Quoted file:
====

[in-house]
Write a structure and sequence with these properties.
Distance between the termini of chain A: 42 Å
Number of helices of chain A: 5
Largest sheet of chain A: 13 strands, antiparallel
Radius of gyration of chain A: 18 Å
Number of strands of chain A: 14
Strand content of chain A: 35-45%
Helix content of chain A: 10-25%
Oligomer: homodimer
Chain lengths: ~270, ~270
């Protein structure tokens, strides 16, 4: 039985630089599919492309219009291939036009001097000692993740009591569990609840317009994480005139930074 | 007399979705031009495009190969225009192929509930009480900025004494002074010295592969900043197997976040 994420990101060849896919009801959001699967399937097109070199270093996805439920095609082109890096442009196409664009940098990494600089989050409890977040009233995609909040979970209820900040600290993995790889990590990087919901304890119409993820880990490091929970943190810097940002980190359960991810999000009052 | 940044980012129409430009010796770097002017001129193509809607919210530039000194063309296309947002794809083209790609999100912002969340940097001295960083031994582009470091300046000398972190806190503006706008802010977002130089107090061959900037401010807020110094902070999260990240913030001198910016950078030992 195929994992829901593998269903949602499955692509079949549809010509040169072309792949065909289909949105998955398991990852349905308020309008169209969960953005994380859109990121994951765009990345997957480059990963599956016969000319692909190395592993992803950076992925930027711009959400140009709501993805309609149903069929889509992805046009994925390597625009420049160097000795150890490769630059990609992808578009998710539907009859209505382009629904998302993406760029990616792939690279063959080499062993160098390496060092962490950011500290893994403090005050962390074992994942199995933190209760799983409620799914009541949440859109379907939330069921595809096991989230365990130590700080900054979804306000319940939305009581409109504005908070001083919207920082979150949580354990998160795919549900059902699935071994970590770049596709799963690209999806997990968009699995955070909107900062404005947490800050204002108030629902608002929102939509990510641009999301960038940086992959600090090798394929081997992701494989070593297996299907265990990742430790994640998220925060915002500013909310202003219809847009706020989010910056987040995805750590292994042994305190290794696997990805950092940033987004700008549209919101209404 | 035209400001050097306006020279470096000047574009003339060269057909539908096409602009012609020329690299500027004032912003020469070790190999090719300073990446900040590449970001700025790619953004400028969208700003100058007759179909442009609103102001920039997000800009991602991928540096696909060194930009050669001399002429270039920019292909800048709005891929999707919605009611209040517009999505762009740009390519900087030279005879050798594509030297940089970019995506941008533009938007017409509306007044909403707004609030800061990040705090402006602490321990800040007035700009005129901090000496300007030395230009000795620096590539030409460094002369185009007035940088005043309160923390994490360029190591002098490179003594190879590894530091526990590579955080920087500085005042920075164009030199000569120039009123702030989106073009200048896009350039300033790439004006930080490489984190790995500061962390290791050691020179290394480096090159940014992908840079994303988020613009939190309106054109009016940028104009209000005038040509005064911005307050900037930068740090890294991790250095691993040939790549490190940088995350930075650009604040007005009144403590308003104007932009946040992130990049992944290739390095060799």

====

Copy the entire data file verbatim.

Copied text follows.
[in-house]
Write a structure and sequence with these properties.
Distance between the termini of chain A: 42 Å
Number of helices of chain A: 5
Largest sheet of chain A: 13 strands, antiparallel
Radius of gyration of chain A: 18 Å
Number of strands of chain A: 14
Strand content of chain A: 35-45%
Helix content of chain A: 10-25%
Oligomer: homodimer
Chain lengths: ~270, ~270
């Protein structure tokens, strides 16, 4: 039985630089599919492309219009291939036009001097000692993740009591569990609840317009994480005139930074 | 007399979705031009495009190969225009192929509930009480900025004494002074010295592969900043197997976040 994420990101060849896919009801959001699967399937097109070199270093996805439920095609082109890096442009196409664009940098990494600089989050409890977040009233995609909040979970209820900040600290993995790889990590990087919901304890119409993820880990490091929970943190810097940002980190359960991810999000009052 | 940044980012129409430009010796770097002017001129193509809607919210530039000194063309296309947002794809083209790609999100912002969340940097001295960083031994582009470091300046000398972190806190503006706008802010977002130089107090061959900037401010807020110094902070999260990240913030001198910016950078030992 195929994992829901593998269903949602499955692509079949549809010509040169072309792949065909289909949105998955398991990852349905308020309008169209969960953005994380859109990121994951765009990345997957480059990963599956016969000319692909190395592993992803950076992925930027711009959400140009709501993805309609149903069929889509992805046009994925390597625009420049160097000795150890490769630059990609992808578009998710539907009859209505382009629904998302993406760029990616792939690279063959080499062993160098390496060092962490950011500290893994403090005050962390074992994942199995933190209760799983409620799914009541949440859109379907939330069921595809096991989230365990130590700080900054979804306000319940939305009581409109504005908070001083919207920082979150949580354990998160795919549900059902699935071994970590770049596709799963690209999806997990968009699995955070909107900062404005947490800050204002108030629902608002929102939509990510641009999301960038940086992959600090090798394929081997992701494989070593297996299907265990990742430790994640998220925060915002500013909310202003219809847009706020989010910056987040995805750590292994042994305190290794696997990805950092940033987004700008549209919101209404 | 035209400001050097306006020279470096000047574009003339060269057909539908096409602009012609020329690299500027004032912003020469070790190999090719300073990446900040590449970001700025790619953004400028969208700003100058007759179909442009609103102001920039997000800009991602991928540096696909060194930009050669001399002429270039920019292909800048709005891929999707919605009611209040517009999505762009740009390519900087030279005879050798594509030297940089970019995506941008533009938007017409509306007044909403707004609030800061990040705090402006602490321990800040007035700009005129901090000496300007030395230009000795620096590539030409460094002369185009007035940088005043309160923390994490360029190591002098490179003594190879590894530091526990590579955080920087500085005042920075164009030199000569120039009123702030989106073009200048896009350039300033790439004006930080490489984190790995500061962390290791050691020179290394480096090159940014992908840079994303988020613009939190309106054109009016940028104009209000005038040509005064911005307050900037930068740090890294991790250095691993040939790549490190940088995350930075650009604040007005009144403590308003104007932009946040992130990049992944290739390095060799």